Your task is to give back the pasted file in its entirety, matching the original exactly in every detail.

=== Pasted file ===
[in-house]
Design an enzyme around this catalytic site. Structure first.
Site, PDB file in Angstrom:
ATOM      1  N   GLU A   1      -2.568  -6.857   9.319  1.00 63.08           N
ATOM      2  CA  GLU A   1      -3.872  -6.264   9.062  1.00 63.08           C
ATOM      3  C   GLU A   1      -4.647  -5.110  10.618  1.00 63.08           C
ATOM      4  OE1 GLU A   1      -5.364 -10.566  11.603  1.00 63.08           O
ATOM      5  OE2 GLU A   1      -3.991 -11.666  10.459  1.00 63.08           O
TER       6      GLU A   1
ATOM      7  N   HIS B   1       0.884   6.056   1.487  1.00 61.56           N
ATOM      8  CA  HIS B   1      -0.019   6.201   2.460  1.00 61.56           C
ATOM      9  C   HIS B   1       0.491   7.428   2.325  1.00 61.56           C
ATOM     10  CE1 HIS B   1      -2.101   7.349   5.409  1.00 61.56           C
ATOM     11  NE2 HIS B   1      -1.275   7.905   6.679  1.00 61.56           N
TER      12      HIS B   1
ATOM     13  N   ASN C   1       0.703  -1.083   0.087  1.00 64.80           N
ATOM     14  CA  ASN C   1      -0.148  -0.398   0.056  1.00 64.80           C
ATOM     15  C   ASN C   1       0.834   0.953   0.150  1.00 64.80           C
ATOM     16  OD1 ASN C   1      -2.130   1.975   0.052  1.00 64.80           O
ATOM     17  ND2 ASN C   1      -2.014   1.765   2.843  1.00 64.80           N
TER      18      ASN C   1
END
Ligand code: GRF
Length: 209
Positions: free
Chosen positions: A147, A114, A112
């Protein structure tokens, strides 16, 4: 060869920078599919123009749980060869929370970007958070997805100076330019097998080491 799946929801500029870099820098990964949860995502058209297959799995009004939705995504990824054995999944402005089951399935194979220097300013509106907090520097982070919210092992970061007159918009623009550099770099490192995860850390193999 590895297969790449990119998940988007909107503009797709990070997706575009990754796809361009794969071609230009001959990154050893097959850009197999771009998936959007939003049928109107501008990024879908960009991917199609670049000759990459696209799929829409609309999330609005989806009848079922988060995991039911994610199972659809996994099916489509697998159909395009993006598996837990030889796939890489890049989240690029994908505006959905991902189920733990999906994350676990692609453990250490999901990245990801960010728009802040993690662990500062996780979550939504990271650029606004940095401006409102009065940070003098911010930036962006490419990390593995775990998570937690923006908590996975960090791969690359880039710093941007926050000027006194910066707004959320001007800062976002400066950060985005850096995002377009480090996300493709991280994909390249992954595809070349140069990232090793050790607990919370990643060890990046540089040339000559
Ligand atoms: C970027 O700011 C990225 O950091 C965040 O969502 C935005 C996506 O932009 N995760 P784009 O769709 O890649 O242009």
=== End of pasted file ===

[in-house]
Design an enzyme around this catalytic site. Structure first.
Site, PDB file in Angstrom:
ATOM      1  N   GLU A   1      -2.568  -6.857   9.319  1.00 63.08           N
ATOM      2  CA  GLU A   1      -3.872  -6.264   9.062  1.00 63.08           C
ATOM      3  C   GLU A   1      -4.647  -5.110  10.618  1.00 63.08           C
ATOM      4  OE1 GLU A   1      -5.364 -10.566  11.603  1.00 63.08           O
ATOM      5  OE2 GLU A   1      -3.991 -11.666  10.459  1.00 63.08           O
TER       6      GLU A   1
ATOM      7  N   HIS B   1       0.884   6.056   1.487  1.00 61.56           N
ATOM      8  CA  HIS B   1      -0.019   6.201   2.460  1.00 61.56           C
ATOM      9  C   HIS B   1       0.491   7.428   2.325  1.00 61.56           C
ATOM     10  CE1 HIS B   1      -2.101   7.349   5.409  1.00 61.56           C
ATOM     11  NE2 HIS B   1      -1.275   7.905   6.679  1.00 61.56           N
TER      12      HIS B   1
ATOM     13  N   ASN C   1       0.703  -1.083   0.087  1.00 64.80           N
ATOM     14  CA  ASN C   1      -0.148  -0.398   0.056  1.00 64.80           C
ATOM     15  C   ASN C   1       0.834   0.953   0.150  1.00 64.80           C
ATOM     16  OD1 ASN C   1      -2.130   1.975   0.052  1.00 64.80           O
ATOM     17  ND2 ASN C   1      -2.014   1.765   2.843  1.00 64.80           N
TER      18      ASN C   1
END
Ligand code: GRF
Length: 209
Positions: free
Chosen positions: A147, A114, A112
């Protein structure tokens, strides 16, 4: 060869920078599919123009749980060869929370970007958070997805100076330019097998080491 799946929801500029870099820098990964949860995502058209297959799995009004939705995504990824054995999944402005089951399935194979220097300013509106907090520097982070919210092992970061007159918009623009550099770099490192995860850390193999 590895297969790449990119998940988007909107503009797709990070997706575009990754796809361009794969071609230009001959990154050893097959850009197999771009998936959007939003049928109107501008990024879908960009991917199609670049000759990459696209799929829409609309999330609005989806009848079922988060995991039911994610199972659809996994099916489509697998159909395009993006598996837990030889796939890489890049989240690029994908505006959905991902189920733990999906994350676990692609453990250490999901990245990801960010728009802040993690662990500062996780979550939504990271650029606004940095401006409102009065940070003098911010930036962006490419990390593995775990998570937690923006908590996975960090791969690359880039710093941007926050000027006194910066707004959320001007800062976002400066950060985005850096995002377009480090996300493709991280994909390249992954595809070349140069990232090793050790607990919370990643060890990046540089040339000559
Ligand atoms: C970027 O700011 C990225 O950091 C965040 O969502 C935005 C996506 O932009 N995760 P784009 O769709 O890649 O242009």